Definition of tension
1a : inner striving, unrest, or imbalance often with physiological indication of emotionb : a state of latent hostility or opposition between individuals or groupsc : a balance maintained in an artistic work between opposing forces or elements
3a : either of two balancing forces causing or tending to cause extensionb : the stress resulting from the elongation of an elastic body
4 : a device to produce a desired tension (as in a loom)
tensionalplay \ˈten(t)-sh(ə-)nəl\ adjective
tensionlessplay \ˈten(t)-shən-ləs\ adjective
Examples of tension in a Sentence
You can see she is just filled with tension about her job.
The dramatic tension was very satisfying.
The author resolves the tension too soon.
Political tensions in the region make it unstable.
Do you sense the tension between those two?
There was a lot of tension at the meeting.
The book describes the tension-filled days before the war.
He felt a tension between duty and love.
There will always be some tension between the desire to reduce risk and the desire to make as much money as possible.
Recent Examples of tension from the Web
Instead, when tensions have heightened in recent months Pakistan has banned Indian films, while India has abruptly sent home Pakistani schoolchildren on a goodwill tour and denied visas to Pakistanis seeking medical care.
Tensions flared last month in the southernmost part of Tibet in an area also claimed by Indian ally Bhutan, after Chinese teams began building a road onto the Doklam Plateau.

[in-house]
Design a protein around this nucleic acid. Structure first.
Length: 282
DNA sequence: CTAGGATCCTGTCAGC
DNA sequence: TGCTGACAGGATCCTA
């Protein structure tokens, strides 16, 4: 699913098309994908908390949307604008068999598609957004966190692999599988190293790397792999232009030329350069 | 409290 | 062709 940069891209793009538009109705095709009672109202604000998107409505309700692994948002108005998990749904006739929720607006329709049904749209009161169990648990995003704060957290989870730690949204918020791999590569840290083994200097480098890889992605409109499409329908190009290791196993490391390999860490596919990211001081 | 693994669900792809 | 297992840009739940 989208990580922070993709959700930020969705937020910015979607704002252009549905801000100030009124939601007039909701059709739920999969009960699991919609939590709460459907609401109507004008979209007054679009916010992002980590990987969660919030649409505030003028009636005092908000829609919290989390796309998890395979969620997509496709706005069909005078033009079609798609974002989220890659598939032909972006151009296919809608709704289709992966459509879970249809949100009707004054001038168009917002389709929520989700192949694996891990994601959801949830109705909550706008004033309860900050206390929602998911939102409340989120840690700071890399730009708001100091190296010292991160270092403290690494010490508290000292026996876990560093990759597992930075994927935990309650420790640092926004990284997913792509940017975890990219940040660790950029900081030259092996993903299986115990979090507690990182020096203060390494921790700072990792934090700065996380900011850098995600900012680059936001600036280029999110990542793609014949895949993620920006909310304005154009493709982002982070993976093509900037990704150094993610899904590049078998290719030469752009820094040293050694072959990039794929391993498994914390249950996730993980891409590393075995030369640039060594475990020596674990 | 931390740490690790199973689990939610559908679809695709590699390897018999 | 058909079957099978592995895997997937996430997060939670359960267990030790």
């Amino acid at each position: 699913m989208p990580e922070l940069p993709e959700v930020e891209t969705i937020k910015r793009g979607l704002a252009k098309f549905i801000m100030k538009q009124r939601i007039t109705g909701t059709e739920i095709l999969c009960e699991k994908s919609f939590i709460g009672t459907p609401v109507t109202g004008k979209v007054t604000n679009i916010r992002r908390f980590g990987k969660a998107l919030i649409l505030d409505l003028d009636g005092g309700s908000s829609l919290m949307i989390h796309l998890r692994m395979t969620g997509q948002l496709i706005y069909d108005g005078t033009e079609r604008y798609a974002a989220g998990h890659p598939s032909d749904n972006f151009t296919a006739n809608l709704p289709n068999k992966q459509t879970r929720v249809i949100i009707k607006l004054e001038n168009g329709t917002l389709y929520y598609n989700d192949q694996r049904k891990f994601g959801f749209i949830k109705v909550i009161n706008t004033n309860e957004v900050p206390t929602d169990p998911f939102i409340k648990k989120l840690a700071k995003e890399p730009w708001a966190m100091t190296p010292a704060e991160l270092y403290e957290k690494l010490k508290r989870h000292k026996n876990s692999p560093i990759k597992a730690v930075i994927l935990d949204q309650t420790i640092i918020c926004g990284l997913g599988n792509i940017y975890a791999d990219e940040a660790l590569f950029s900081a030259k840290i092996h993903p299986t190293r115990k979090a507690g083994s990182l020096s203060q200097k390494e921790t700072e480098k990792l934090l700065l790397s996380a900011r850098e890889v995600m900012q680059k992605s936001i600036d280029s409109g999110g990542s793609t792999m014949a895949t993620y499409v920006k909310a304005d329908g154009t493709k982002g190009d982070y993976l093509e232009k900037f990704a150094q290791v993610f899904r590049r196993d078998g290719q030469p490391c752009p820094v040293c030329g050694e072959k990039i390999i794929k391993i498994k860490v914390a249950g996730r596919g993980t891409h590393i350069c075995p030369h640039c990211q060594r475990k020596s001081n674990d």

That in itself could embolden Mirotic to push for a bigger deal than his play would otherwise command, adding some tension to an otherwise stale negotiating period.
Tillerson has also proposed measures to ease tension, including the suspension of hostile media campaigns by both sides, the official said.
Tension compacts are not as ubiquitous as cushion compacts, but the two are similar.
Staples' energy was raw but his stage design was muted to the point of non-existent, producing a nice tension. 4.
This latest teaser trailer gives a little bit of information, showing mob tension, the community standards (or lack thereof) in New York, and Gyllenhaal's life on the street.
After years of increasing tension, Ohio's GOP lawmakers finally appear poised to override fellow Republican Gov. John Kasich's vetoes – not just once, but many times.
These example sentences are selected automatically from various online news sources to reflect current usage of the word 'tension.' Views expressed in the examples do not represent the opinion of Merriam-Webster or its editors. Send us feedback.
Origin and Etymology of tension
Middle French or Latin; Middle French, from Latin tension-, tensio, from tendere
First Known Use: 1533See Words from the same year
First Known Use of tension
TENSION Defined for English Language Learners
Definition of tension for English Language Learners
: a feeling of nervousness that makes you unable to relax
: a feeling of nervousness, excitement, or fear that is created in a movie, book, etc.
: a state in which people, groups, countries, etc., disagree with and feel anger toward each other
TENSION Defined for Kids
Definition of tension for Students
1 : the act of straining or stretching : the condition of being strained or stretched I adjusted the strap's tension.
2 : a state of worry or nervousness
3 : a state of unfriendliness There was tension between the two groups.
Medical Definition of tension
1a: the act or action of stretching or the condition or degree of being stretched to stiffness muscular tensionb: stress 1b
2a: either of two balancing forces causing or tending to cause extensionb: the stress resulting from the elongation of an elastic body
3: inner striving, unrest, or imbalance often with physiological indication of emotion
tensional\ˈtench-nəl, -ən-əl\play adjective
Seen and Heard
What made you want to look up tension? Please tell us where you read or heard it (including the quote, if possible).